The second season of Amazon’s All or Nothing includes a visit with (spoiler alert) former Rams head coach Jeff Fisher on a piece of land he owns outside of Nashville that seemingly covers more than 100 acres. He’s still thinking about the thing that covers only 100 yards.
“I want to get back on the sideline,” Fisher says. “Not going to happen this year, obviously. We’ll just see what happens.”
What happens will be that, in a league with 32 teams, someone likely will give the 59-year-old Fisher another shot. Although it instantly became fashionable to pounce on him a year ago (with Hall of Famer Eric Dickerson kicking the door open to widespread national criticism), Fisher has strong connections at 345 Park Avenue.
Inevitably, there will be an owner who isn’t quite sure what to do when hiring a new head coach. Invariably, that owner will ask one or more high-level executives at the league office for advice. Impossibly (in the opinion of plenty of that team’s fans), Fisher will receive a glowing recommendation.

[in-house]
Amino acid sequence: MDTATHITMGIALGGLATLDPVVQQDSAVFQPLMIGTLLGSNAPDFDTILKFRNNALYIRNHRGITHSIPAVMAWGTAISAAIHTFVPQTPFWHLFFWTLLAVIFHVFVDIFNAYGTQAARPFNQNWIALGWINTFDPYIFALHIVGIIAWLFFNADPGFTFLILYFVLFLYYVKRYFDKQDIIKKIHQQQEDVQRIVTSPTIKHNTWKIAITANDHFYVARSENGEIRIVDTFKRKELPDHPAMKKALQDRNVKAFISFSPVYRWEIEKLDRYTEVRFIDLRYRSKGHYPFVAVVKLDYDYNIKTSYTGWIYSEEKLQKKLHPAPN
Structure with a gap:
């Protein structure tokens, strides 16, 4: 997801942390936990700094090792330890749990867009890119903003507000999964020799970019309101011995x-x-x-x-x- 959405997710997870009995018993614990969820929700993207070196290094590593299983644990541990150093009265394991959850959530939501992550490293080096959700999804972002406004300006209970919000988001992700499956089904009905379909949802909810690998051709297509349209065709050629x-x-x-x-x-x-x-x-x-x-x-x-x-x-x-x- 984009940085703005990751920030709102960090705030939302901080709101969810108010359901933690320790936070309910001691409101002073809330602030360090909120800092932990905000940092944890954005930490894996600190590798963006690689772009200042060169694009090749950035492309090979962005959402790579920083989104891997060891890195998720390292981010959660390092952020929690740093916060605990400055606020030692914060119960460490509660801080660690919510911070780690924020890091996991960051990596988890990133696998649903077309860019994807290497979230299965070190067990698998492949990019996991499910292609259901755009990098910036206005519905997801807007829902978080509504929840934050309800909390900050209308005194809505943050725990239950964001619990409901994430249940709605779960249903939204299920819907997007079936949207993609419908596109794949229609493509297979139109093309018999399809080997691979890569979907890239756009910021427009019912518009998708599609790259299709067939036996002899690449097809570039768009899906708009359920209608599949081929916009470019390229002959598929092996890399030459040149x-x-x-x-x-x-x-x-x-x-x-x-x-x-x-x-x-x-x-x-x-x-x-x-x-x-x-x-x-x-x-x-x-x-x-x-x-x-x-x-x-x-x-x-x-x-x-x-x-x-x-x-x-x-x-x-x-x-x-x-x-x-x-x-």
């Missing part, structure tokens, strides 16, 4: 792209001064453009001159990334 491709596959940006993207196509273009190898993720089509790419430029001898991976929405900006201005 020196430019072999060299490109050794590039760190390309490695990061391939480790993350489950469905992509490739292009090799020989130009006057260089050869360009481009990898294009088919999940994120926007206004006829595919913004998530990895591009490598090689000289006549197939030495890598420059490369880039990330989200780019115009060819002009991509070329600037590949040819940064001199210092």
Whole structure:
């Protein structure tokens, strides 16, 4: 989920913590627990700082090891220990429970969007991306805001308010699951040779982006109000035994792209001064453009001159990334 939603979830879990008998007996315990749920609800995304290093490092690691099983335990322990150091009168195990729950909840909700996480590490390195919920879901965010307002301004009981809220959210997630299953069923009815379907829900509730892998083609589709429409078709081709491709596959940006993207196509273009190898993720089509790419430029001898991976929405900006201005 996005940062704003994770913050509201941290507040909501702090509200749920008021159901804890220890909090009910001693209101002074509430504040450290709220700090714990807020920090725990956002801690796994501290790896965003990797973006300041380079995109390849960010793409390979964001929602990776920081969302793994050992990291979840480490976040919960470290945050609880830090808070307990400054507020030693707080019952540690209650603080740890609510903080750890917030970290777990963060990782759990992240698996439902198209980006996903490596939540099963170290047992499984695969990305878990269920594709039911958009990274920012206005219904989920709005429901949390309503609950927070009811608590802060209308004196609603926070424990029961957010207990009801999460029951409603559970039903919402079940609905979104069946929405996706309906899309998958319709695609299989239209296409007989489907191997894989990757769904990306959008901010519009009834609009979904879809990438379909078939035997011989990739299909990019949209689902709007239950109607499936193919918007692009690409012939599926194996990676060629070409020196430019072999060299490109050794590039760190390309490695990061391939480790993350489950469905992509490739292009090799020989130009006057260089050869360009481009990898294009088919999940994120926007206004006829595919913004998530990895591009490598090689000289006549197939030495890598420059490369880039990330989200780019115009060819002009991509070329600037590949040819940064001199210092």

Yes, Fisher currently sits atop the all-time regular-season loss record with Dan Reeves, knotted at 165. But Fisher has won 173 times, and more often than not his teams are relevant past Thanksgiving, which is the key to keeping fans engaged through the end of the regular season, or at least close to it.
Perhaps more importantly, Fisher has shown that he can coexist with eccentric billionaires. Fisher worked for years with the late Bud Adams, who later in life developed a habit of firing off double-barreled middle fingers. The Oilers/Titans owner made it nearly a full generation without sending that same message to Fisher.
He also lasted nearly five full years with the Rams, a franchise that by many indications was planning to leave St. Louis long before it became obvious that they’d be gone. And Fisher has now presided not once but twice over the relocation of an NFL franchise, experiences that come in handy when shepherding players through distractions.
The question isn’t whether Fisher should or shouldn’t get another chance. The question is whether he will. At some point in the next few years, some owner out there will choose someone who has coached 350 combined regular-season and postseason games over someone who has coached zero of either.